I have an 8-year old who lives near us and who has been a big part of my time here in Curacao. I’ll call her “Alice”. Alice is one of the prettiest girls I have ever seen. She has skin the color of honeyed hazelnut, and light olive green eyes. Alice’s mother is an illegal immigrant from Jamaica who worked as a hotel maid until she lost her job a few weeks ago. Since then, Alice’s mom pretty much stays inside and plays on Facebook or goes out with her boyfriend, aslo a Jamaican. Alice is an only child and doesn’t have anyone to play with when she comes home from school. “My mom doesn’t have time for me,” Alice tells me. “She would rather be on the computer than play with me.” Because of Alice’s mom’s illegal status, and the fact that Alice is unregistered here in Curacao, her mother does not like for her to walk to her friends’ houses nearby for fear that she may be discovered and deported.
So my boyfriend and I often hang out with Alice. We’ve taken her to Adventure City, a place for kids with arcade games, bumper cars, and prizes that kids can win. We help her with her math and Dutch homework sometimes, we watch bootleg movies together, and when her family doesn’t have enough money for food, I make sure to cook extra to give Alice a plate. In return, she draws us pictures that we proudly display on our fridge, helps me with my Papiamentu, and brings me beautlful sea glass that she collects on the beach.
One thing that Alice seems obsessed with is making beds. If my boyfriend or I am home, the first thing she does is knock on our door to ask to ask us if she can “spread the bed”.
Yeah, sure, knock yourself out, kid.
After several bed-spreading requests, I asked Alice last week why she was so obsessed with making the bed.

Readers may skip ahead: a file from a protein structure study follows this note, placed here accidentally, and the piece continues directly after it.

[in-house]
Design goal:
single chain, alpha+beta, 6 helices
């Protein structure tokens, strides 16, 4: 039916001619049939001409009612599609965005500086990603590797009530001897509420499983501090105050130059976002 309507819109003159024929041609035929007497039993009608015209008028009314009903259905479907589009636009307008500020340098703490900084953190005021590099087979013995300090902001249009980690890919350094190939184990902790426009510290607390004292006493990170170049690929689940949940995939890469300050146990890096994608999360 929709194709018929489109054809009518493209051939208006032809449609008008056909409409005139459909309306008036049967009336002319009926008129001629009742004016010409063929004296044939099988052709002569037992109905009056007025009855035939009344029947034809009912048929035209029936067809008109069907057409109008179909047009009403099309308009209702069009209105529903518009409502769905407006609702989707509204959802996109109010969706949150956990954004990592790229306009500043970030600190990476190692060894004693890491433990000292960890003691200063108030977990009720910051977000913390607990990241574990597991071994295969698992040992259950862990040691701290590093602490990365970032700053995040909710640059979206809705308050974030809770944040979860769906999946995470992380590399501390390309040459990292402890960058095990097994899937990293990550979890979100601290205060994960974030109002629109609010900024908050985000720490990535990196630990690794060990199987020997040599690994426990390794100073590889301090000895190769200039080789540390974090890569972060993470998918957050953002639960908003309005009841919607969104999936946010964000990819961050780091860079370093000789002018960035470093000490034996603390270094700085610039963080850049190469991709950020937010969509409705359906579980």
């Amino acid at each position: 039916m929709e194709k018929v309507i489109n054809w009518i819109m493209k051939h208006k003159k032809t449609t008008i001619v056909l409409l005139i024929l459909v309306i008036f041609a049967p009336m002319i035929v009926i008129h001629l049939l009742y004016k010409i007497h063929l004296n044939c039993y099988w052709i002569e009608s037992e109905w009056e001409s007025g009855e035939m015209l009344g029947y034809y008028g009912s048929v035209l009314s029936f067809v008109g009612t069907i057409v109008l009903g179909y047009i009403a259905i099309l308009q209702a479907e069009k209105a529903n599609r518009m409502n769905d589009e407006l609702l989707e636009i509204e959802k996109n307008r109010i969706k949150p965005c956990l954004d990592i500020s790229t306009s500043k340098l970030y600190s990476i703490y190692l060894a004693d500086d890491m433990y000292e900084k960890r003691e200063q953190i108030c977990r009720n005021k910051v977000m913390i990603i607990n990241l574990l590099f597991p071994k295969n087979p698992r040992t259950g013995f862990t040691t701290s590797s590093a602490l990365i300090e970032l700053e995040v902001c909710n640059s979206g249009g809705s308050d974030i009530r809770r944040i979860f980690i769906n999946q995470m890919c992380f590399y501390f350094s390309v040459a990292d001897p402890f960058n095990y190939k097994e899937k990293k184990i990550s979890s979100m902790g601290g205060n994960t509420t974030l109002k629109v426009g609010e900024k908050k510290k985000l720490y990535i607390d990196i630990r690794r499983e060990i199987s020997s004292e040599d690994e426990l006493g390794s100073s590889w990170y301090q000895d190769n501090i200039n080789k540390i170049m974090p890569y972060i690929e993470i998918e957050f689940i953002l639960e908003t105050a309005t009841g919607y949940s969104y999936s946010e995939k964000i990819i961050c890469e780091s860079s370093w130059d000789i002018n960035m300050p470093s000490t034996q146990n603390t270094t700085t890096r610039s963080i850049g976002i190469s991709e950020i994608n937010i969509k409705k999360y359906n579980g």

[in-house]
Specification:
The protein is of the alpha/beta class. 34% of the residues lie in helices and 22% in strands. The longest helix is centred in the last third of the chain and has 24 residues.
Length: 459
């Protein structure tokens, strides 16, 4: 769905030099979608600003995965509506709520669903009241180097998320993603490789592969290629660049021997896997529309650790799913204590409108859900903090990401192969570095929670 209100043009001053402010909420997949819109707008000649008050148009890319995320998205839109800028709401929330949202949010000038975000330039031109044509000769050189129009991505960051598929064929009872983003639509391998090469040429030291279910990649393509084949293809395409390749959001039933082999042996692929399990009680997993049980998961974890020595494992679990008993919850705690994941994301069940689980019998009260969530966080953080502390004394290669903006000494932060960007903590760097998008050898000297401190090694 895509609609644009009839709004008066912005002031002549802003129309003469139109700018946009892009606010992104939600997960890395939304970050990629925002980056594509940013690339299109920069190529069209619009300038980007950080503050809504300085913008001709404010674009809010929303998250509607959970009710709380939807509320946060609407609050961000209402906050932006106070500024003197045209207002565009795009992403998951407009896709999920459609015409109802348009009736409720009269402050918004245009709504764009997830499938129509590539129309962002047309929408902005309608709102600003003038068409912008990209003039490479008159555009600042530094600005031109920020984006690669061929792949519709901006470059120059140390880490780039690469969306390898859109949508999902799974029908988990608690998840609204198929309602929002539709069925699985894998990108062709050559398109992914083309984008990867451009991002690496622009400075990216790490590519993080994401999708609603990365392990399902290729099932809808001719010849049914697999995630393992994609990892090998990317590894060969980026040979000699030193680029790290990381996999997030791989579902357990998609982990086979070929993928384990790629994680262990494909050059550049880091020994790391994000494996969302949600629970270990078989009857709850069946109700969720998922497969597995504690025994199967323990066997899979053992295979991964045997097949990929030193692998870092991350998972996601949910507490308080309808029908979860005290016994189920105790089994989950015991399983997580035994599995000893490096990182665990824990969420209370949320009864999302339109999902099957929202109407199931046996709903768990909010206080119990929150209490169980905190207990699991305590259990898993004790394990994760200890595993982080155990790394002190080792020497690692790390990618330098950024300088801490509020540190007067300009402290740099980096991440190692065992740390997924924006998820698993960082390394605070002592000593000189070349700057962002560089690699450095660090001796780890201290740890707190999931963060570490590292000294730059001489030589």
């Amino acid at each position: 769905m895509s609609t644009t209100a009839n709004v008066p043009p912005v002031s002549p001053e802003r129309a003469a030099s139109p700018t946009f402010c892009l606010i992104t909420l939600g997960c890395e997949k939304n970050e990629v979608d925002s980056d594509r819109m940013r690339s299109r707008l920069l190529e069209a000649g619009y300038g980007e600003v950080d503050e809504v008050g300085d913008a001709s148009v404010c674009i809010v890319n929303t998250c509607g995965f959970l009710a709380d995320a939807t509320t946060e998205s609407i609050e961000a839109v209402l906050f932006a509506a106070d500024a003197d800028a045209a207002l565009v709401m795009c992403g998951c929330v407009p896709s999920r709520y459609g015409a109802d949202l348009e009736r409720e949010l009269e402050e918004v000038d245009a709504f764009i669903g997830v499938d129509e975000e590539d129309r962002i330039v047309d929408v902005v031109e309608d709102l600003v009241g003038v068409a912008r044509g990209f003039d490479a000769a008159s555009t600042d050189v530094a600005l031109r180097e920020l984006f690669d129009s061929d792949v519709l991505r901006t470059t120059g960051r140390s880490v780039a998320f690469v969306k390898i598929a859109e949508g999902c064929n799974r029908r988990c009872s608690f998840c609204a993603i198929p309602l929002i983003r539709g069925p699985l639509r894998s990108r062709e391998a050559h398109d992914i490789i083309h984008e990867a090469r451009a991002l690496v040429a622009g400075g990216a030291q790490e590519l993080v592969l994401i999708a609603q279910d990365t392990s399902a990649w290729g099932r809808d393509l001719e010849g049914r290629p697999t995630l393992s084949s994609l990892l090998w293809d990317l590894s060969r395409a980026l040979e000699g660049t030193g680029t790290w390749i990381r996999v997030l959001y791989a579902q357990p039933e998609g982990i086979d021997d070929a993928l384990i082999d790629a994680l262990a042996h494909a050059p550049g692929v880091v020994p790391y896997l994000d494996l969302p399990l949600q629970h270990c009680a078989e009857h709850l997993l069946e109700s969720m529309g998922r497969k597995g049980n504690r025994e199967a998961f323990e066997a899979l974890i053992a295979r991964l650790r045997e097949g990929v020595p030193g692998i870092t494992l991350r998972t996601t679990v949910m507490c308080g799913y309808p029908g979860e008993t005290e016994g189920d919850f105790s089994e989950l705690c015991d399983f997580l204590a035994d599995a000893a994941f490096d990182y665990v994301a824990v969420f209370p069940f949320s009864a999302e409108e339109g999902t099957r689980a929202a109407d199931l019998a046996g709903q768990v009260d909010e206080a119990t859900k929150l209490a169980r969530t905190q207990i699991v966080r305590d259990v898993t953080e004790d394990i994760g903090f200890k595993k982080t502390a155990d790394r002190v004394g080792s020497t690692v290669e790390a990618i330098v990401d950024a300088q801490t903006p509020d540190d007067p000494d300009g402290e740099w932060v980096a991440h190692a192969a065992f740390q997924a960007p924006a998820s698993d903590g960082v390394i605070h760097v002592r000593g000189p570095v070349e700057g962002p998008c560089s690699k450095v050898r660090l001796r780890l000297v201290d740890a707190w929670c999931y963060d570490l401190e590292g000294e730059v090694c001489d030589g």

“Well, if I want to work in a hotel, then I have to learn to spread the bed really, really good. So I want to start practicing now so that later, I can be really, really good at it and make beds nice,” Alice replied enthusiastically.
I was floored.
Her reply really hit me hard. Here was an 8 year old girl getting a head start on her hotel maid career. It is true that in Curacao, many cleaning ladies are Jamaican. I realize that that is probably all Alice has seen to aspire to be as a Jamaican on this island. I struggled with wanting more for her, to tell her, Youre EIGHT YEARS OLD. You should be wanting to be an actress, a singer, a scientist, a dancer, a model, or gosh, even a princess!
Is being able to dream about those things a privilege? I don’t know. All I know is that I’m not Alice’s mother, and as much as my well-meaning and softhearted boyfriend thinks we should adopt her and take her out of her situation, we cannot. Instead of being sad about it, I tell him we should be thankful and grateful for the chance that we have gotten to know Alice, who, despite her circumstances, is a cheerful, sweet, sensitive, and intelligent child.
And that’s beautiful.